Years ago when I was going through a bad spell, a favorite cousin gave me a copy of the book "When bad things happen to good people." I was (still am) a fiction reader, and quite suspicious of anything that came in the guise of a "self-help" book. So it took me a while to read it. During the course of that read, the bad spell that had lingered on for a bit, died a sudden, miraculous death. By the time I'd read the last page, my faith in humanity and God had been restored.
The author, a rabbi had simply put together anecdotes to explain the work of God in our lives. He explained that when things went wrong, it wasn't God's doing. It wasn't your karma, or some sort of punishment for your deeds. So when a huriccane dislodged millions from their homes, and left them bankrupt, it wasn't God's wrath. However, when those people found the strength to pick themselves up, and rebuild their lives, it was God's work.
That idea was instrumental in encouraging me to bounce back. If the man who'd lost a lifetime's savings in a fire, and the lady who had lost family to a destructive Tsunami could do it, so could I. My problems paled in comparison, so I'd definitely find it easier. I had a strong support system consisting of friends and family, who gave me their continous support.
For inspiration I looked to people in the family. My dad had lost his sister and family to the Kanishka crash, my mom had lost her sister to cancer, and cousins had lost their mother to cancer when they were very young. Life hadn't been fair to those who'd survived, and yet they'd found the courage to wake up each morning, smile, and live. That had to be God's work.
Around me, I saw more tales of inspiration. A colleague-turned-friend had escaped years of physical and mental abuse by finally finding the strength to divorce her sadistic husband. If she was mild, young, and so hurt, she soon became stronger, independant, ambitious, and ready for love again. That had to be God's work.
During the course of those many years, I heard several stories about people who had fought the odds. I heard about the man who'd missed two air crashes. He'd lost his wife and daughters in the first one. He'd somehow managed to live past that tragedy. I saw Tsunami victims rebuild their lives with renewed faith in God and mankind. I heard about road accidents, that snuffed the life out of exuberant youngsters who left behind grieving families. Those families had lived to see another day. I felt the sorrow of all those who lost loved ones to meaningless terrorist attacks allover the world. The excrutiating pain of these people seems so terrifying. Was it enough for them to give up on people? Was it enough for them to end their lives and never hope for a happy future? It wasn't, and I often wondered how they found the strength. That had to be God's work.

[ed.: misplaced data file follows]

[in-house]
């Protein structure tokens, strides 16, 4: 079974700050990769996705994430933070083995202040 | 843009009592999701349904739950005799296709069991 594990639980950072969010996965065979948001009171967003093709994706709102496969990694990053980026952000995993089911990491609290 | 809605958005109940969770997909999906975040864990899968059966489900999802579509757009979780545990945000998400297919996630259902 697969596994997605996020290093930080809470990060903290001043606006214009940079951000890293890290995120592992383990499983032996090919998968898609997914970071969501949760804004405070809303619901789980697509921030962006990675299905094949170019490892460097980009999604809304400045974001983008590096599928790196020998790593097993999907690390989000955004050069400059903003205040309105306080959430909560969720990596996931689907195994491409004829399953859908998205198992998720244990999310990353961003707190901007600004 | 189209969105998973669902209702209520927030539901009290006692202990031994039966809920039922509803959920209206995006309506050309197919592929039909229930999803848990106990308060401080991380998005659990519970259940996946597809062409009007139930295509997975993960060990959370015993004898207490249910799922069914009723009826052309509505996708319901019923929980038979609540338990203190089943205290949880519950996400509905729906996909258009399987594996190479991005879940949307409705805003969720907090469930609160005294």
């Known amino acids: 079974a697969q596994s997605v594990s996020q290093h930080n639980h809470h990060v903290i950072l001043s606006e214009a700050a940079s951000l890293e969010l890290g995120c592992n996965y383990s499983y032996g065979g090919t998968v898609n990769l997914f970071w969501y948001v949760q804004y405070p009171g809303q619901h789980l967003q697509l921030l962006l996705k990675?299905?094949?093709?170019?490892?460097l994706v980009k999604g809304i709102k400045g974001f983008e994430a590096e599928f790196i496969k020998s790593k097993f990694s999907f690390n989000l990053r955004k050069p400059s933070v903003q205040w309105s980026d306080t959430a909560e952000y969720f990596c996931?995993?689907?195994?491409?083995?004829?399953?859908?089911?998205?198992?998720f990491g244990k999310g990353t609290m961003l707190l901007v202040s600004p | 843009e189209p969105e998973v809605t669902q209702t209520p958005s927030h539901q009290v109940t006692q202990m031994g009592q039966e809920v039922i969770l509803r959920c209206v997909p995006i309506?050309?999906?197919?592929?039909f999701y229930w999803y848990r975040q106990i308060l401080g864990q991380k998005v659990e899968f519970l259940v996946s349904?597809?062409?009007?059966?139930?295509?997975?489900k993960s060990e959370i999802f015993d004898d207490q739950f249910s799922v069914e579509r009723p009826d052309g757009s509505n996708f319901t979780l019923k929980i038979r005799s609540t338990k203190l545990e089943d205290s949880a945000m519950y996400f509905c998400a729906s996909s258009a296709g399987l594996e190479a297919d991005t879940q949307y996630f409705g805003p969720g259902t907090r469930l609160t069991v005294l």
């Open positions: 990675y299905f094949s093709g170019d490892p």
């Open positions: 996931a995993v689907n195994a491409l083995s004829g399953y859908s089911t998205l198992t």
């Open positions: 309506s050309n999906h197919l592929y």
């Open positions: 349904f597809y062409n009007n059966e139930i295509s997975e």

I once asked a cousin how she was able to pray each day. She'd lost her son to a fatal asthmatic attack when he was only 6. Her eyes welled up, but she managed a smile. She said, "I think he was lucky. He died an innocent, missed all the cruelty in the world, and went straight to be with God. I miss him though. Now I focus on making sure my other child lives a good life, so we are all united eventually." It was that faith that urged her to wake up each morning, and live as God intended her to live. Many years later, the pain of losing a child lingers on, but she has found many reasons to live, celebrate, and look to the future with hope. That is God's work.
I'm in awe of all these amazing people (there are many many more), who continue to rise above their sorrows every day. This is probably why I have little sympathy for those who take the other route. They are disgruntled, unhappy people who nurture grudges, and give up completely on people. They aren't open to friendly gestures and rarely ever reciprocate. They live in self-created islands with a few people they love. They miss out on vital relationships because of their stubborness. Luckily for us, it isnt the end for them, and hopefully some day we'll see God's work in their lives.